Published in: on November 13, 2018 at 1:03 pm  Leave a Comment  

Labor Day Reflections

Growing up on a ranch/farm in eastern Montana, I often heard from my folks, “Every day is Labor Day.”

cowCows don’t know when it’s a holiday or when Daylight Savings Time kicks in. Milk cows want to be milked at the same time every day. Beef cows need to be fed, even during a blizzard. Hay needs to be cut, baled and stacked when it’s ready–not next week after we take a vacation.

Hayfield-agricultureIf we were lucky enough to have a few days between haying season and grain harvesting season, we occasionally could take a short vacation–maybe to Glacier  or Yellowstone Park. Those were rare but memorable family trips.

So those of us who have Monday through Friday, 9-5 type jobs and get a day off on “Labor Day,” let’s consider ourselves lucky and give thanks for all those who do labor on this day.

Have a safe and happy weekend!

Published in: on September 3, 2018 at 6:18 pm  Comments (1)  

Meet the Author: Bear Lake Family Saga

To win an ebook or an Audible audiobook, answer this question: “Why do you like historical romances?” and your preference of ebook or audio.

Who is Author Linda Weaver Clarke?

I was raised among the Rocky Mountains of southern Idaho and live in Color Country in southern Utah. I am the author of 23 books. I have several genres that I write in—a Historical Romance series: Bear Lake Family Saga, a Mystery Suspense series: The Adventures of John and Julia Evans, a Cozy Mystery series: Amelia Moore Detective Series, and a Period/Adventure Romance: The Rebel Series. I am also a missionary at the Family Search Center. I help people find their ancestors and learn about their heritage.

2-historical romances

What draws readers to this historical romance series: Bear Lake Family Saga?

This series has strong female characters who have a destiny to fulfill. Each woman wants to make a difference in someone’s life. No matter the trial that comes her way, she is ready to fight for what she believes. I love the male characters. Even though they are strong and masculine, they have their tender moments that can melt your heart. Bear Lake Family Saga has plenty of adventure along with a tender love story.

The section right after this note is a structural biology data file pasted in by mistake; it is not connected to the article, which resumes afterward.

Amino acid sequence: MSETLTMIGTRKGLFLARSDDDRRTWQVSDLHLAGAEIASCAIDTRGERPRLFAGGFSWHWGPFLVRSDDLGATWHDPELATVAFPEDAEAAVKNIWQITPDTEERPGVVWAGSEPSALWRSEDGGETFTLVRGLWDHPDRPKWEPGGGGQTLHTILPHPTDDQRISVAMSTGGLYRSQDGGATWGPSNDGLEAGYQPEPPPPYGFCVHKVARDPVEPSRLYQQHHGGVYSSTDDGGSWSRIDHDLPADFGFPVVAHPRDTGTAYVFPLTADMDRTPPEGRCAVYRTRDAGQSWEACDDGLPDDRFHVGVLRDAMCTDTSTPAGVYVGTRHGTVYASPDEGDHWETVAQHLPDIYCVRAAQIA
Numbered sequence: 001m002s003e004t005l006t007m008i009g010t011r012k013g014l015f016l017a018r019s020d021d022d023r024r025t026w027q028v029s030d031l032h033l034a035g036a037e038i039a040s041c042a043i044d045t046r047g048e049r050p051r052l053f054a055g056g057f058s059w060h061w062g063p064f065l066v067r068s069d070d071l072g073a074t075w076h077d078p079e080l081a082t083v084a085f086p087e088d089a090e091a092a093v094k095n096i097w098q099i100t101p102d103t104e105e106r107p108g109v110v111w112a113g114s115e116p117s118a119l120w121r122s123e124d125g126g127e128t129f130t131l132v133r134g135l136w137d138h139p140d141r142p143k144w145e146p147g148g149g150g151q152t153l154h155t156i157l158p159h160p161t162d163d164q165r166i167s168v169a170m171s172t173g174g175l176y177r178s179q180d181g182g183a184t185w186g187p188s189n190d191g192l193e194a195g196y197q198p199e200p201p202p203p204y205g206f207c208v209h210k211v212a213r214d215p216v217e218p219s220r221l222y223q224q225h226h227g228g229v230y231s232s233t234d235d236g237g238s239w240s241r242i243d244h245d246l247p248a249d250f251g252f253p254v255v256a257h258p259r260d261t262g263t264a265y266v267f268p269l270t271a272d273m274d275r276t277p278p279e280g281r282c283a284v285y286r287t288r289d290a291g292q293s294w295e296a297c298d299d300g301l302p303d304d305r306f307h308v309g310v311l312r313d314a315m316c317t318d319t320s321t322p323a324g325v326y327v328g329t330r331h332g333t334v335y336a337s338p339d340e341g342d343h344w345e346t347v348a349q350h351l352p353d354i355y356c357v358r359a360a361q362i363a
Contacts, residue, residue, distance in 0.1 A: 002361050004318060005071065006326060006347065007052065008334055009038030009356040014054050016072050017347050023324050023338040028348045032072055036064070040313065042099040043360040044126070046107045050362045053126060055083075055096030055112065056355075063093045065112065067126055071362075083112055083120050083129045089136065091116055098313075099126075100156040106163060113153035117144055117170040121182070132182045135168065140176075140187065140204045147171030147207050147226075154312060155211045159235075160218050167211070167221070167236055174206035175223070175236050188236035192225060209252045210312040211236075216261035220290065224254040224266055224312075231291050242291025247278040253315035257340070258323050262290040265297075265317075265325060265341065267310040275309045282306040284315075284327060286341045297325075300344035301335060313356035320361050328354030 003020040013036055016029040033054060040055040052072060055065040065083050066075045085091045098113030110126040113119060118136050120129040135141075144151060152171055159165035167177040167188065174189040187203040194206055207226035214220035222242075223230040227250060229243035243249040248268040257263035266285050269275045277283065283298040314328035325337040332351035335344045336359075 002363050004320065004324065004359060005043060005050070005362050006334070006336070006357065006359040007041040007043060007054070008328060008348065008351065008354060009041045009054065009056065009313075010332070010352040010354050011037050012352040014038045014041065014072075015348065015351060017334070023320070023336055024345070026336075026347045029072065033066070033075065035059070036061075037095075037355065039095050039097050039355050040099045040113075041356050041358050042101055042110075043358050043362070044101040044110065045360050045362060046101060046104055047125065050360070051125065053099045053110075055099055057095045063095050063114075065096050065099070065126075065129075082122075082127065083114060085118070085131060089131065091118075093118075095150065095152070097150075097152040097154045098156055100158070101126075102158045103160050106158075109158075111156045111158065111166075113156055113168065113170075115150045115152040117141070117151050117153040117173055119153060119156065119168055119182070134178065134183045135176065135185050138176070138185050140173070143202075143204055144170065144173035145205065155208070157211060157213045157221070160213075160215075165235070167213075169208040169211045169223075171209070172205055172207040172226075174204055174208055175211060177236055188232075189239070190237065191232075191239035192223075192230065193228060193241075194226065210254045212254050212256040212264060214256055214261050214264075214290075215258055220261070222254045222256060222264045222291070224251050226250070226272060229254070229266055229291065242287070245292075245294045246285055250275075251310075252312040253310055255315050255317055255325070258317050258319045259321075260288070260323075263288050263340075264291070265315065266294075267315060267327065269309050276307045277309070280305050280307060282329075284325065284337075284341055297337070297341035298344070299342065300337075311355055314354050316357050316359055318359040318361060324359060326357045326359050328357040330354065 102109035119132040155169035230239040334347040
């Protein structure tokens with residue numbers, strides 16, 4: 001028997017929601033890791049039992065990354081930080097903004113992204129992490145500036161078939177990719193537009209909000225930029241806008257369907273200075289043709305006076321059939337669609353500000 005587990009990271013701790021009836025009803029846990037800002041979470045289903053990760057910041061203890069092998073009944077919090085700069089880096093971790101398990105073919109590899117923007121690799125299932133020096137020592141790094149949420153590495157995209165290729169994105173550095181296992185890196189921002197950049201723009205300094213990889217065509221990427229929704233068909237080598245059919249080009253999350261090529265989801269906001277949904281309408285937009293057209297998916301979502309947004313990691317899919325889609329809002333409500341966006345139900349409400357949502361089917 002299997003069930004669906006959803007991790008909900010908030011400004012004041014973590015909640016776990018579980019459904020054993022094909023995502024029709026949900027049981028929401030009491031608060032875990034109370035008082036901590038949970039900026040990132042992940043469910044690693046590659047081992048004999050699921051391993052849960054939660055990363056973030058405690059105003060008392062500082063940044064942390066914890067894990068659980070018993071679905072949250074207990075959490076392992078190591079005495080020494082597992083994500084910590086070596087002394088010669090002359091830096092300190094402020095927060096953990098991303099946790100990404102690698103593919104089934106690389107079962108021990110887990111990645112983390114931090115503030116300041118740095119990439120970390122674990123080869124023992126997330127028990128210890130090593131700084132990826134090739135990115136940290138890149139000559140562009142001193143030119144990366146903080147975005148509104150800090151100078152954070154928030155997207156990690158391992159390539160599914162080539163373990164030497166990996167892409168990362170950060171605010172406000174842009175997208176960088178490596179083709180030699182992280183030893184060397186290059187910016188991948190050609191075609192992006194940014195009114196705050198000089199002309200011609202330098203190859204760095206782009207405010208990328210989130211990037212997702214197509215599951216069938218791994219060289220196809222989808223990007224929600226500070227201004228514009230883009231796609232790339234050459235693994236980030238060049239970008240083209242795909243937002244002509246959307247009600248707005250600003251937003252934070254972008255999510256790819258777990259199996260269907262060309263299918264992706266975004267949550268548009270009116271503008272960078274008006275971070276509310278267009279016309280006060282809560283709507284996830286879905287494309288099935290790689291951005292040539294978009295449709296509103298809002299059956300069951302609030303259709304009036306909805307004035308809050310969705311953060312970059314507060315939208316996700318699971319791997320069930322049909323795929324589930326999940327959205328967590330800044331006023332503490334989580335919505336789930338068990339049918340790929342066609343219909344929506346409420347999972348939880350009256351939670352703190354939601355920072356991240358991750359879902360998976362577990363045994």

What was the inspiration for this series?

My ancestors were my inspiration. I was writing their histories so my children would learn to appreciate their heritage. Their stories were intriguing and full of adventure. When I was done, I decided to write a historical romance series and give these true experiences to my fictional characters.

Give us a brief description of each story in this series.

Melinda and the Wild West (Book 1): Melinda is a schoolteacher. She has many challenges but it’s a rugged rancher who challenges Melinda with the one thing for which she was least prepared—love.

Edith and the Mysterious Stranger (Book 2): Edith is a nurse. When a mysterious stranger starts writing to Edith, she gets to know a man’s inner soul before making any harsh judgments. Whoever he is, this man is a mystery but is he as wonderful in person as he is in his letters?

Jenny’s Dream (Book 3): Jenny is an aspiring author. She has a dream to fulfill, but the only thing standing in her way is an unpleasant memory, which has haunted her since childhood. She must learn to forgive before she can follow her dream.

Sarah’s Special Gift (Book 4): Sarah is a beautiful and successful dance teacher but she is not an average young woman. Sarah is deaf, but this does not stop her from living life to its fullest. And it does not stop her from falling in love with a man who needs her help.